'Just so,' said Shaithis. 'You, or rather your vampire -as a result of prolonged metamorphism - is now gross. But how was it then? Did it come to you as an egg? Did the parent creature remain in the swamps? Or did the parasite come to you full grown, take you by surprise and slither into you complete?'

'It came to me from the swamp,' Shaitan had repeated. That much I know... how I do not know.'

The problem had vexed Shaithis (and his ancestor no less), but on that occasion at least they'd been lost for further questions and answers.

A good many auroral periods later, however, when Shaithis was busy in a corner of the workshop, carefully constructing a warrior for his ancestor's approval:

'This is how it was!' said Shaitan, coming swiftly and in some excitement upon Shaithis where he worked, and flowing up to him like a midnight shadow. 'In that earliest existence of which I apprised you, I served another or others but desired to serve only myself. As a reward for my pride - which is to say for my wit and great beauty, of which I was perhaps too much aware - and for my pains, I was thrown out and removed from my rightful place in that society. I was not destroyed, not wasted, but used! I became to Them ... a tool! A seed of evil, which They would sow between the spheres! Do you see? I was the folly and the penance! I was the Darkness which allows for the Light!'

In the face of this outburst, Shaithis had brought his work at the vat to a halt. Unable to understand the other, he could only shake his head and throw up his hands. 'Can't you explain yourself more clearly?'

'Damn you - no? Shaitan had shouted then. 'I dreamed it; I know it for the truth; but I cannot understand it! I've told it to you so that you also may attempt to fathom it -and likewise fail to fathom it, even as I have failed!'

With which and in a fury, he had rushed off and disappeared into the volcano's labyrinth.

For a long time after that Shaithis had not seen the other at all; he had merely been aware of his ancestor's shadowy presence. But a time had come when, going again to the vats, he'd found the ancient gloomily examining his various adaptations where they squirmed and hardened in their liquids; and there, following customary greetings but in answer to no specific remark or query, Shaitan had listlessly mumbled: 'I have been banished out of many spheres and thrown down from many worlds. Aye, and others like me, throughout all the myriad cone-shaped dimensions of light.' That had been all.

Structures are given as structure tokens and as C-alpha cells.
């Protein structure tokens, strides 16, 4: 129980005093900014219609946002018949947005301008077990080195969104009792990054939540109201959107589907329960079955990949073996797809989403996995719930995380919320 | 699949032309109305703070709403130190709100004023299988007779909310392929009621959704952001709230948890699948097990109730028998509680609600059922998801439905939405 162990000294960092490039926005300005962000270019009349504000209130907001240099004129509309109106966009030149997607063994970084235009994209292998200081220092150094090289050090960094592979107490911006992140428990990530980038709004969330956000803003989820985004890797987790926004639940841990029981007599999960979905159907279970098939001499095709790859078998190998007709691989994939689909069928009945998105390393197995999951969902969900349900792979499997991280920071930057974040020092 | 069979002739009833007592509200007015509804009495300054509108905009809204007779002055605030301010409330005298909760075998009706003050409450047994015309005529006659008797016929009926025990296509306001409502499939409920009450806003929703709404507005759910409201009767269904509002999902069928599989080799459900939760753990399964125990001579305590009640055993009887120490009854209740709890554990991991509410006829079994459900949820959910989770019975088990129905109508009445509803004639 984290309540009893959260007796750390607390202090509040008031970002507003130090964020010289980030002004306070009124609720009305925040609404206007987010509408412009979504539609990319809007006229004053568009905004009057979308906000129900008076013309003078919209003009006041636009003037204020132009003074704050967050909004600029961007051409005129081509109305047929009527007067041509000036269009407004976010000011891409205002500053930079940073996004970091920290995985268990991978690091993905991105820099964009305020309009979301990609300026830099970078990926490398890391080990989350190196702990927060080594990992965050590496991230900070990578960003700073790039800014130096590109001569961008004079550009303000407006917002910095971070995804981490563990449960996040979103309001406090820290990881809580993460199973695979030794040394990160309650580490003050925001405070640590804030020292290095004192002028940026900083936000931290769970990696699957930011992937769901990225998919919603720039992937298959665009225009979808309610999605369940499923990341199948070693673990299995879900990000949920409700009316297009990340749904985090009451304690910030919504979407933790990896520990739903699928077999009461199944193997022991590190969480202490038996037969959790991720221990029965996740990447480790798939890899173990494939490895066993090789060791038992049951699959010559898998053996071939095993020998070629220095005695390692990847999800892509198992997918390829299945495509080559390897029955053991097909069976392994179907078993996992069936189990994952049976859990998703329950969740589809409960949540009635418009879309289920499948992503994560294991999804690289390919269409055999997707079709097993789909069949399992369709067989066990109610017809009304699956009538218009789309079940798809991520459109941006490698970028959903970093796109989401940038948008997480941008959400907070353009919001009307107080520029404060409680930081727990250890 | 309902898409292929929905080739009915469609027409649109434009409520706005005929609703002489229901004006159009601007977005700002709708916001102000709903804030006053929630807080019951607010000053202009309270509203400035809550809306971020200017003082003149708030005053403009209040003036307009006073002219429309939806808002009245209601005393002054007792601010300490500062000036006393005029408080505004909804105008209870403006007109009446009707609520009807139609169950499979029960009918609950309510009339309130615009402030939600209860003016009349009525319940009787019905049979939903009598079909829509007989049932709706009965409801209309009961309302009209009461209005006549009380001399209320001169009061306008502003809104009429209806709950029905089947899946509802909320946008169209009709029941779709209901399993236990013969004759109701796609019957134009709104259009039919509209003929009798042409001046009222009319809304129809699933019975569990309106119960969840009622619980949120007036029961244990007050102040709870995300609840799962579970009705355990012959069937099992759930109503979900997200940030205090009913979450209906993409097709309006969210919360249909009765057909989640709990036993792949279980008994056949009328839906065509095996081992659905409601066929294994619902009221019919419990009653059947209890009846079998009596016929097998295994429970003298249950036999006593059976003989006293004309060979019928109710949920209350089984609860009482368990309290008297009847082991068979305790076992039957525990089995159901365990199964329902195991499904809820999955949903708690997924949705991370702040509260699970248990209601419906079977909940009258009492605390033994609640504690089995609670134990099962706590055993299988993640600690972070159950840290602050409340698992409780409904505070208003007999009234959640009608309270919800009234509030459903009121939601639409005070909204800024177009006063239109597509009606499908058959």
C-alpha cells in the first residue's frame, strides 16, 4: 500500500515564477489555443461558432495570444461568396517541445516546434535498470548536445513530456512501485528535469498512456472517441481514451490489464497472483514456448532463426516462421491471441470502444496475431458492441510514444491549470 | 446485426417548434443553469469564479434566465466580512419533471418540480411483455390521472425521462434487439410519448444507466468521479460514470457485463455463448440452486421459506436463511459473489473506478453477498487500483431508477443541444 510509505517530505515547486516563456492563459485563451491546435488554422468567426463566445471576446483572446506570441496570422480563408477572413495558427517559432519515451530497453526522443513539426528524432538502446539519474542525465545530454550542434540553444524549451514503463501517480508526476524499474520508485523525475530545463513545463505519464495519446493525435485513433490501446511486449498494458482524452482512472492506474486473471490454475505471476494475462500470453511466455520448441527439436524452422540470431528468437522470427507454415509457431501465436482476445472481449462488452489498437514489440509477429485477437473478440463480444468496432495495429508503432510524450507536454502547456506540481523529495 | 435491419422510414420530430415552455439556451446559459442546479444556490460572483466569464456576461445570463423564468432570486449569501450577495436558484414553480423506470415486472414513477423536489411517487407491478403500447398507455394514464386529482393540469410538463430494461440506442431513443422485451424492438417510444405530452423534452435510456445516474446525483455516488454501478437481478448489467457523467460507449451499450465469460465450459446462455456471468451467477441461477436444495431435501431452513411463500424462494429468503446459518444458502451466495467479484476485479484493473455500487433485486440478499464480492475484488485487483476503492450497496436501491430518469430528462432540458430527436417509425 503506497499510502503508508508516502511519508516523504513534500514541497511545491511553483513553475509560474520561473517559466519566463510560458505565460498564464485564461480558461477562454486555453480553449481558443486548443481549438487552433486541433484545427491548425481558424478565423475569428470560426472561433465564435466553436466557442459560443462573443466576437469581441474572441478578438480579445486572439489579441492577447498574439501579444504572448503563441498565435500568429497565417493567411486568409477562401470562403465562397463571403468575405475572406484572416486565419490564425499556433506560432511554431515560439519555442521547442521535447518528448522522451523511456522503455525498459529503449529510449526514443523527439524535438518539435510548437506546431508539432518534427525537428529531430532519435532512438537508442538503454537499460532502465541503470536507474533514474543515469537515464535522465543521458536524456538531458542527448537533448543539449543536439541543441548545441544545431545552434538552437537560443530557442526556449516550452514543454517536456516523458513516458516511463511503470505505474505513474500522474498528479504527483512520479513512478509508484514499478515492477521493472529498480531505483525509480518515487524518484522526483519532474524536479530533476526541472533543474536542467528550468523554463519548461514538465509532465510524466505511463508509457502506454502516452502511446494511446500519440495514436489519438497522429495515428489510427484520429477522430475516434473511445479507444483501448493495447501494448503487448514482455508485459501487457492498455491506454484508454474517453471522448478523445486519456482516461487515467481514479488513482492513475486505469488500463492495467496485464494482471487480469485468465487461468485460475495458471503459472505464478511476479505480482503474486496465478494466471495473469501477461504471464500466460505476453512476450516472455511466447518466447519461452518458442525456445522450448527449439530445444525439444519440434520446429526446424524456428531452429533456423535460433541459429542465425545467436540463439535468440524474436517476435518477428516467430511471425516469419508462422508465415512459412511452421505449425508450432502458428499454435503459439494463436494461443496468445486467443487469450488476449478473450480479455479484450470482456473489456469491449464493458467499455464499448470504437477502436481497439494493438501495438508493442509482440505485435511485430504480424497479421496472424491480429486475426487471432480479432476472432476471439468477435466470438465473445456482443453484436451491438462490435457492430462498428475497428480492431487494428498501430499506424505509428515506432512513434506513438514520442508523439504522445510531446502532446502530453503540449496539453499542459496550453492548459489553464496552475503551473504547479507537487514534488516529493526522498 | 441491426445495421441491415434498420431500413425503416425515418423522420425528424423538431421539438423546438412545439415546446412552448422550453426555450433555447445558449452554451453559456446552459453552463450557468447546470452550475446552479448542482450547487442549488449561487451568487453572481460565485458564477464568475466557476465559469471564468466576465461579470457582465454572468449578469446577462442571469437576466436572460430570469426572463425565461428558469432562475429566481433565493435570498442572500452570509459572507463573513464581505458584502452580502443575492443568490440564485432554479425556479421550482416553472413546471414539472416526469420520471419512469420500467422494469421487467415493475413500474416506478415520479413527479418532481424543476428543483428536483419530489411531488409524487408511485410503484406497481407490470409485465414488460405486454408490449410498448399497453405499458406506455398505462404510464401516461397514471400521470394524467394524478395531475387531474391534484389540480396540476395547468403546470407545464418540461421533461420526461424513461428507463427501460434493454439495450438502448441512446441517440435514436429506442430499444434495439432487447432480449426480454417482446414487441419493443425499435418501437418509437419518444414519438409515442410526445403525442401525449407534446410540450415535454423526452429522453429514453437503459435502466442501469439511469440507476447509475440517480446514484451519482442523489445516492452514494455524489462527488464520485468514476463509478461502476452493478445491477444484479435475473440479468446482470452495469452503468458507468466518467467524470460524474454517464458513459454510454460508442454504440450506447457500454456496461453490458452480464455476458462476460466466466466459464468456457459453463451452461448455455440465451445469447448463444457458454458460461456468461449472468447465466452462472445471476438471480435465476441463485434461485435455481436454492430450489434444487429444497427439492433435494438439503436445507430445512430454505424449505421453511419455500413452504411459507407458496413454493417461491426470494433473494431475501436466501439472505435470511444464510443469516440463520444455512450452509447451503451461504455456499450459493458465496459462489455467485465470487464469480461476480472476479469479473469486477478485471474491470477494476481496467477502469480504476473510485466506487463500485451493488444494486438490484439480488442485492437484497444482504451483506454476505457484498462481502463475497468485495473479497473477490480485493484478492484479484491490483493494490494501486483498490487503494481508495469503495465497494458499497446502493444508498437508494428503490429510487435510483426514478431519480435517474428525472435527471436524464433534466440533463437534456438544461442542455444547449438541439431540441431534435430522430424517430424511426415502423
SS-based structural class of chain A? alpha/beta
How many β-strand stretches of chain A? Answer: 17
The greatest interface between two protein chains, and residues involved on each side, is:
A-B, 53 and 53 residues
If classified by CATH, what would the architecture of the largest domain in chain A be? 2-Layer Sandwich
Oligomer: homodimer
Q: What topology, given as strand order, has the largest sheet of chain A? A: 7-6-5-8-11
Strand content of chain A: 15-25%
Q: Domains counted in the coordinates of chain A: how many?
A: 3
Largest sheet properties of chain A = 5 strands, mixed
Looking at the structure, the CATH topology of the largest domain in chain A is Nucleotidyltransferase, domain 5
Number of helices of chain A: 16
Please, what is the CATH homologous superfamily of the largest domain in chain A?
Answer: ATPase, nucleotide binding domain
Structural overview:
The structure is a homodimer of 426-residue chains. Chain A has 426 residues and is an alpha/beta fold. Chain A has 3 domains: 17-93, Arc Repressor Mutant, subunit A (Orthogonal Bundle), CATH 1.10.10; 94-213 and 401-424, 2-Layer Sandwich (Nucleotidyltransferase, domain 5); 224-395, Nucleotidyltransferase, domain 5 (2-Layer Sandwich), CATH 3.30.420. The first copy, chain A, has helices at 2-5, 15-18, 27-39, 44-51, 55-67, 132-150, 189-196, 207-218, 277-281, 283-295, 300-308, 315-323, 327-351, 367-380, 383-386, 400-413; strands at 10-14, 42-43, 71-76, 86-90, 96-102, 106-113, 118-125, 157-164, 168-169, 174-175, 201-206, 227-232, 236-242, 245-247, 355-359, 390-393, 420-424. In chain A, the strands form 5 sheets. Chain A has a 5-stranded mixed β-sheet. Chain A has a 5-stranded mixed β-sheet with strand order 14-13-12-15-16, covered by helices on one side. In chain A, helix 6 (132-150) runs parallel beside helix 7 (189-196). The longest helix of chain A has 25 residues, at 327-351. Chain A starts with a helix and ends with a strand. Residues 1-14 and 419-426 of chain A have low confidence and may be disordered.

Mad creature! (Shaithis had kept this thought, and others he was thinking, very much to himself.) But it's as well you rush around crazed while I'm about my work. The last thing I would want is for you to become interested in what I'm doing now. For in fact he was there at that time in order to inject brain matter into his new construct, so stimulating and even directing the foetal ganglion's growth. Except... these were cells obtained from a rather special source, and by means of Shaitan's ice-boring ingurgitor...

Putting all such business aside for the nonce, however, and pandering to Shaitan's insanity, if that is what it was, he had answered: 'In which case, when we go against Starside with these warriors I'm fashioning, your revenge will be so much sweeter. Nothing will stand before us; and if there are higher worlds to conquer, they too shall finally fall, even as you fell to earth.'

His words had seemed to suffice to draw the other up from whatever morbid depths claimed him, even so far as to correct his temporary imbalance. And: 'Indeed, these appear to be good warriors, my son!' he'd at once remarked. A rare compliment; at once qualified by: 'Which they should be, for in Starside you had a sufficiency of superb clay with which to practise.'

And after that the ancient rambled no more...

Later still:

The two had constructed a slender, streamlined, powerful flyer, equipped it with a sucking snout and given it the stripped-to-basic brain of one of Menor Maimbite's otherwise defunct lieutenants. Fuelling the beast on quality plasma, they'd sent it on a reconnaissance flight to Star-side. After that and over the space of a good many auroral displays, they'd waited on its return but in vain. Eventually, when almost all hope had faded... then the flyer had returned, bringing back with it a scrawny shivering waif of a Traveller child.

A boy of eight or nine years, the flyer had snatched him at sundown from a party of Travellers where they camped in the hills over Sunside. It appeared that the Travellers no longer went to earth when the sun sank down into night. Why should they, when the Wamphyri were no more? But the return journey from Starside had been long, and the child almost dead from exposure.

Shaitan had carried him away to his private chambers for 'questioning'; shortly thereafter, the ancient's mind-call had summoned Shaithis from where he worked at the vats: Come!

A single word, yes, but its author's excitement had spoken volumes...